Mars Art: Linear Dunes near the North Pole

I am starting a new thing. Every week, I will browse through data from current and past Mars missions and find an “artistic” image to post here. I’ll talk briefly about what the image says scientifically, but mostly this is about eye-candy and the crossover between science and art, which I have talked about before. Without further ado, here’s your first piece of “Mars Art”:

This image is a HiRISE view of linear dunes near the Martian north pole. The shape of the dunes themselves indicates that winds in this area tend to vary, first blowing along the dunes from one side, then the other, but always in a generally west-southwest direction. Between the dunes, the bare ground shows polygonal cracks similar to the ones that Phoenix landed on. These cracks are a good indicator of permafrost in the soil. Click for a higher resolution jpeg, or go to the HiRISE site to learn more about the image or to look at the full-resolution version.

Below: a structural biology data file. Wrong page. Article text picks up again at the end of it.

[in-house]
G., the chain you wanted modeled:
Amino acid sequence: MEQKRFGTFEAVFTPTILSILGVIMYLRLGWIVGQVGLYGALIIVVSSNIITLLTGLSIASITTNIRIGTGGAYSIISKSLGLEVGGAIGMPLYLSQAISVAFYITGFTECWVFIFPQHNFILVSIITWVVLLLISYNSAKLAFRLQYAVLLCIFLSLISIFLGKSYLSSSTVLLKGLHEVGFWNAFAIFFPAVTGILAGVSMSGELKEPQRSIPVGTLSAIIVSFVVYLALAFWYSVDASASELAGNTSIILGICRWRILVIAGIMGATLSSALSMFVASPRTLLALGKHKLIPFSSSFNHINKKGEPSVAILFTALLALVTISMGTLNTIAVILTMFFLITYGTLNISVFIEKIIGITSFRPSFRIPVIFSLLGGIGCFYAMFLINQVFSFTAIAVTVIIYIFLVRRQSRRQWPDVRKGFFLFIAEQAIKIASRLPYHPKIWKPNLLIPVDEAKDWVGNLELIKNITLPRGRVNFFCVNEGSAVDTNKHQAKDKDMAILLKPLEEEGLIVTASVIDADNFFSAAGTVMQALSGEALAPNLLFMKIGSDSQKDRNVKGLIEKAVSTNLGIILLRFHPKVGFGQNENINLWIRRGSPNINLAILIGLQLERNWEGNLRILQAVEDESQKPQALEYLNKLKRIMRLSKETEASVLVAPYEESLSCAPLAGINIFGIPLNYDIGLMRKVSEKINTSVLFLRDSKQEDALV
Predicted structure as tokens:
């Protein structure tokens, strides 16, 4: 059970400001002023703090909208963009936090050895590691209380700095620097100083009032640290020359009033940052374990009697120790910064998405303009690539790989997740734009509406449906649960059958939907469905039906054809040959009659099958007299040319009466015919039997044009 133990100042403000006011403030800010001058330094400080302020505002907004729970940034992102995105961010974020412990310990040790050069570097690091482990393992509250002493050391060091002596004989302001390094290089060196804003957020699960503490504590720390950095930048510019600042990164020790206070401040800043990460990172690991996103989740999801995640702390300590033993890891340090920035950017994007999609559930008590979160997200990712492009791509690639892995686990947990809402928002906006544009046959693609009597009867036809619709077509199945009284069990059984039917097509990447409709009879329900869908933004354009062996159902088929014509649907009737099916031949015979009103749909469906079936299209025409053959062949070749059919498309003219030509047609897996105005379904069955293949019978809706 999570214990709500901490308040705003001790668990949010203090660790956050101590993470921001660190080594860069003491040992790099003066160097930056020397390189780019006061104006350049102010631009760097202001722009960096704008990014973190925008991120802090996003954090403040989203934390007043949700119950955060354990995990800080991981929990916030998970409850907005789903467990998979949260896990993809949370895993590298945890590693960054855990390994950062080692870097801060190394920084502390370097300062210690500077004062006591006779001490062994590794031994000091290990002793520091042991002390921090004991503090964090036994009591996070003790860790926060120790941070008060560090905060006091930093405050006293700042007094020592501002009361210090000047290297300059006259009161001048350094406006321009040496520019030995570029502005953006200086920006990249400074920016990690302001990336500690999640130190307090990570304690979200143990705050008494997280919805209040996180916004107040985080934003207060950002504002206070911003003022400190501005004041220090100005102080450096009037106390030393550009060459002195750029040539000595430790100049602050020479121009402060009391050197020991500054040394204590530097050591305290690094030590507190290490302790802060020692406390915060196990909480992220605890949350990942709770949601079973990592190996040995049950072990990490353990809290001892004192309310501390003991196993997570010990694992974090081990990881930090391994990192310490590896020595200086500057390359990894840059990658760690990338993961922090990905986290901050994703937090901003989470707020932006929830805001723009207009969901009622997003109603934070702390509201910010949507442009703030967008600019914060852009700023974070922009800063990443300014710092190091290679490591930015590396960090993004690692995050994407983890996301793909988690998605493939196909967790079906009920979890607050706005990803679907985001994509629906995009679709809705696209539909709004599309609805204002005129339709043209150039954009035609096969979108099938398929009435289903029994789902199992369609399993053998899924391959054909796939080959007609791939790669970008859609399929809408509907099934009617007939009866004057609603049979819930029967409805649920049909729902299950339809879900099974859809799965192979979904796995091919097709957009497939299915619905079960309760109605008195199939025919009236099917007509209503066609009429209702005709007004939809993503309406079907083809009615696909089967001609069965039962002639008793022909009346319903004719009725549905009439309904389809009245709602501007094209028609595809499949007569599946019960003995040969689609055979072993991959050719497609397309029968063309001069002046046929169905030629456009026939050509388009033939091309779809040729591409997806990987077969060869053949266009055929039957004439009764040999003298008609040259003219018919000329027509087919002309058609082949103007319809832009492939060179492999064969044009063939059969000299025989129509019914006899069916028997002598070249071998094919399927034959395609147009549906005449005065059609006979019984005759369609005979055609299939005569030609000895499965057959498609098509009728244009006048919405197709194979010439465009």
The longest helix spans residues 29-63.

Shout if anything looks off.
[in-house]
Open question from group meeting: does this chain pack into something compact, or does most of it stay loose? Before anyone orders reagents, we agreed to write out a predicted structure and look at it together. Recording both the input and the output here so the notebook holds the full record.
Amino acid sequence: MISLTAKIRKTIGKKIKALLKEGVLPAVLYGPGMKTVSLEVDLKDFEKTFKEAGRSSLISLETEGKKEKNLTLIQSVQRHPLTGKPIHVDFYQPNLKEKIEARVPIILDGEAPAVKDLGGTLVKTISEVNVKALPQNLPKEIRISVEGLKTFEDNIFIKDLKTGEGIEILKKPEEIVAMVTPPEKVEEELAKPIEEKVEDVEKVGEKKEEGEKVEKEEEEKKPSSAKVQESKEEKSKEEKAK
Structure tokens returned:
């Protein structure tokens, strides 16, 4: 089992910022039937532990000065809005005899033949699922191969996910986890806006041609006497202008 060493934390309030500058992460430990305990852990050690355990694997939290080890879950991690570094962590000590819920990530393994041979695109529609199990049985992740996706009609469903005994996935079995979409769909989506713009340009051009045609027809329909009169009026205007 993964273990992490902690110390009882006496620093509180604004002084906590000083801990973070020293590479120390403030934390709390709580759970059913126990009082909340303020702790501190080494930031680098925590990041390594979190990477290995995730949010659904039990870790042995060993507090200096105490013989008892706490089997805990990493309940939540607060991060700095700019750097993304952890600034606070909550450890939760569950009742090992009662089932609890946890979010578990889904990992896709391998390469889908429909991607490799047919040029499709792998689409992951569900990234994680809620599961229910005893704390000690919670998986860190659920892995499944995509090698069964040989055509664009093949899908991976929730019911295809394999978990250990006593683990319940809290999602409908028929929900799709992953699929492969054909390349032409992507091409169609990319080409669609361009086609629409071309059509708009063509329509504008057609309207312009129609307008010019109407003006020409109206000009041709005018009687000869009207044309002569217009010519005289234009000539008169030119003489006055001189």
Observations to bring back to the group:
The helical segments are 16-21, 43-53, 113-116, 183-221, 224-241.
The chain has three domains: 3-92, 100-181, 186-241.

Explore posts in the same categories: HiRISE, Mars Art, Phoenix, Pictures, Polar Geology, Sand Dunes, Water on Mars

One Comment on “Mars Art: Linear Dunes near the North Pole”

  1. Clara Says:

    I find interesting that someone with very good scientific knowledges also apreciates art, astronomy art.


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